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"It's all baloney," Rauner told the Sun-Times. Then he added that "It may have partial truths in it."
So it was all baloney, but dappled with non-baloney.
That's a good description of Rauner's campaign for governor. He's proclaimed himself the anti-politician, while speaking only in sound bites about how he'd "bring back Illinois." In his commercials, he's done the tried-and-true pandering to voters' fears of crime, and he's advanced gimmicky proposals that poll well, like term limits, rather than explain how the state can slash its income tax and still make ends meet. He's presented himself as just an ordinary Joe, even if he does have a penthouse on New York's Central Park, a waterfront villa in the Florida Keys, ranches in Montana and Wyoming, a mansion in Winnetka, a penthouse and condo in Millennium Park, and various and sundry hundreds of millions.
Recently, Rauner was irked by a Sun-Times-NBC5 News story about a lawsuit that cast him in a bad light. The story was authored by Sun-Times Springfield bureau chief Dave McKinney, NBC5 News's Don Moseley, and Carol Marin, who works for both the Sun-Times and NBC5 News. Rauner's campaign tried to get the paper to stop publication, arguing that McKinney had a conflict of interest: his wife is a partner in a media consulting firm, Adelstein/Liston, that's working for Rauner's opponent, Governor Pat Quinn.
The Sun-Times (which shares an owner with the Reader) ran the story, but McKinney was benched for several days while publisher and editor-in-chief Jim Kirk checked out the conflict-of-interest charges. McKinney is now back at work, and Kirk explained in the paper yesterday why he backs McKinney and the story. He called the Rauner campaign's allegations "inaccurate and defamatory." McKinney has written innumerable stories this year raising questions about and detailing missteps in Quinn's notorious Neighborhood Recovery Initiative. As Kirk noted, "The Rauner campaign team had no problem citing our investigations into Gov. Quinn when it suited their strategy."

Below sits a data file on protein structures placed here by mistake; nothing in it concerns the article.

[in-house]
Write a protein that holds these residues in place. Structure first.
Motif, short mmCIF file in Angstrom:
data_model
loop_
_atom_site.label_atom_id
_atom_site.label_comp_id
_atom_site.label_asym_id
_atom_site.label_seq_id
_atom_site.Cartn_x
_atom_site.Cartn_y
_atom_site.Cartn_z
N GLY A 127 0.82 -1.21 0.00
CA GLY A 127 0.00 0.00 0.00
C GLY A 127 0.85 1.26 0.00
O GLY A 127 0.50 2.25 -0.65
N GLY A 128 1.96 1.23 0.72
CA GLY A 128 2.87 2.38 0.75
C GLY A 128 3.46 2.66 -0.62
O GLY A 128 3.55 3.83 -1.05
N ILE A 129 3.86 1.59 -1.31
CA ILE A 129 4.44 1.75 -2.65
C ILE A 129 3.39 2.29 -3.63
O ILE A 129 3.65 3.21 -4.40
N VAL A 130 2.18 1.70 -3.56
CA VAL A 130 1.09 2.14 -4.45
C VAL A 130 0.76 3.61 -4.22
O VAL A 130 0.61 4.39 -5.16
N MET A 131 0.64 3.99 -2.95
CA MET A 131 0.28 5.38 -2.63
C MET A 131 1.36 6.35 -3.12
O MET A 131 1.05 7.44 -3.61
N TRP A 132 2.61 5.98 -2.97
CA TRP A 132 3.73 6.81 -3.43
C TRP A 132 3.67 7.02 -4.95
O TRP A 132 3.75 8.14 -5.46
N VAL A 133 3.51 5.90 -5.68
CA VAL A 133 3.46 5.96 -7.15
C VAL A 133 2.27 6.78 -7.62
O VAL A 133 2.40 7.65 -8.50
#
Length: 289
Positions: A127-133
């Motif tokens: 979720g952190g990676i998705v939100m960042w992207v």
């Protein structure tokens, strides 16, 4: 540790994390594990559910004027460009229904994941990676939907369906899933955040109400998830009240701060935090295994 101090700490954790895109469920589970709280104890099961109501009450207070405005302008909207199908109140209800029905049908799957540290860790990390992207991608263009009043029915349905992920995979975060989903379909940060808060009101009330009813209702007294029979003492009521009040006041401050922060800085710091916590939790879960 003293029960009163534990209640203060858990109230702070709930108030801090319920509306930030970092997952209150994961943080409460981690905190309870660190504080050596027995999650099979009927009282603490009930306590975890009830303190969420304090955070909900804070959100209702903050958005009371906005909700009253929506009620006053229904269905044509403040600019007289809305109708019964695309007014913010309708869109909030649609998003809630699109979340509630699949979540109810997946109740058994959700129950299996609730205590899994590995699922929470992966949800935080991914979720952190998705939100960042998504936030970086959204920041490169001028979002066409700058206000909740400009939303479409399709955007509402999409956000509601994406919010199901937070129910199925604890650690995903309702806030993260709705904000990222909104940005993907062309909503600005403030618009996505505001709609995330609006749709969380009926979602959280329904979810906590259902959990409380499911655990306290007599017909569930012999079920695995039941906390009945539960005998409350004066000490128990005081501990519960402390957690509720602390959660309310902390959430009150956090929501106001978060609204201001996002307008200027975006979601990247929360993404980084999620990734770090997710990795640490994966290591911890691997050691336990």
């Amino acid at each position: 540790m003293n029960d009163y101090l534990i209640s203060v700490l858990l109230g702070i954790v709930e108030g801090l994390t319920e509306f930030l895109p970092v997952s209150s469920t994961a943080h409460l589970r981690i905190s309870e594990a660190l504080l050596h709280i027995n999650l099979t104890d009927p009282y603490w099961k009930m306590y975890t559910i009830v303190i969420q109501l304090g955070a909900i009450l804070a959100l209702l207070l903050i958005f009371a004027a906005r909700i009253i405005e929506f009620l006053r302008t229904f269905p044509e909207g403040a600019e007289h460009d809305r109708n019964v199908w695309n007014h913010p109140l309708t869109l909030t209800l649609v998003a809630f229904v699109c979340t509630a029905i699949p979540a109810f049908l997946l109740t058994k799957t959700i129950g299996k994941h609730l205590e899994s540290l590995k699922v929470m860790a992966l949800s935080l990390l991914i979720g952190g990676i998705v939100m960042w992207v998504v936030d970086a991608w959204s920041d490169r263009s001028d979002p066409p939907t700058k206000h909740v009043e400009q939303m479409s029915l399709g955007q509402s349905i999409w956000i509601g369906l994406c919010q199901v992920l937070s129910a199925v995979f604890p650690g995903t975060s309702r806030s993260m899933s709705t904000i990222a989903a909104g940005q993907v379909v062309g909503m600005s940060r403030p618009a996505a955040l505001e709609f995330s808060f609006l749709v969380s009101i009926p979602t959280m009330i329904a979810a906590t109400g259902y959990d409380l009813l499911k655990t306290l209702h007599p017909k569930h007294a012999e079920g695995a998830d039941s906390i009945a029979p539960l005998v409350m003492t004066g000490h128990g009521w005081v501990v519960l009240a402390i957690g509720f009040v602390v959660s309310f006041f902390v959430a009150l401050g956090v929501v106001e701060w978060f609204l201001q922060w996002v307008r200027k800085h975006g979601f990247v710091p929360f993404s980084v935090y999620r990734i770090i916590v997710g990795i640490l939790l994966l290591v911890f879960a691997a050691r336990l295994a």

Rauner's campaign manager, Chip Englander, told Crain's Chicago Business in an e-mail Friday that the campaign had asked the Sun-Times to disclose McKinney's connections "in accordance with the Society of Professional Journalists Code of Ethics."
You can read Greg Hinz's evenhanded account of the controversy, and make up your own mind about it.
My colleague Mick Dumke posted a story yesterday about two more lawsuits that also cast Rauner in a negative light. Perhaps the Rauner campaign would have blamed the story on Dumke's wife, but Dumke is single.
Meantime, since Rauner wants to talk about ethics, let's revisit that baloney that doesn't matter about Payton College Prep.
Because Rauner has a home in Winnetka, his daughter could have attended New Trier High, one of the nation's most prestigious schools. But she wanted to go to Payton, an elite selective-enrollment high school on the near north side. Fortunately for her, the family also had those Millennium Park properties, which meant she could attend a Chicago Public School. Unfortunately for her, Payton has many more applicants than seats, and her grades and test scores weren't quite good enough to get her in.
At that point, Rauner faced an ethical dilemma. On the one hand, he had a lot of clout, and others who had it were using it to get their kids into Chicago's selective enrollment schools. On the other hand, he believes education is a "matter of fairness and social justice," as he now says on his website—and exploiting his advantage wouldn't be the fair and socially just thing. But, then, if he didn't act, his daughter would have been doomed to New Trier. And how would she learn the lesson that clout is only valuable when it's used?
So Rauner called the office of Arne Duncan, now U.S. Education Secretary, then CPS CEO. And, voila! His daughter got into Payton. It's not clear whether she got in via "principal's discretion" or some other process—Rauner has given conflicting accounts, and talks about it as seldom as possible, since it's "stuff that doesn't matter."
A year and a half after his daughter was admitted, Rauner gave Payton College Prep $250,000.
Under the Society of Political Candidates Code of Ethics, if there was one, Rauner would have to disclose on his website any string-pulling he did for his daughter.
But I understand his logic in pressuring the Sun-Times. All Rauner wants is for everyone else to be ethical.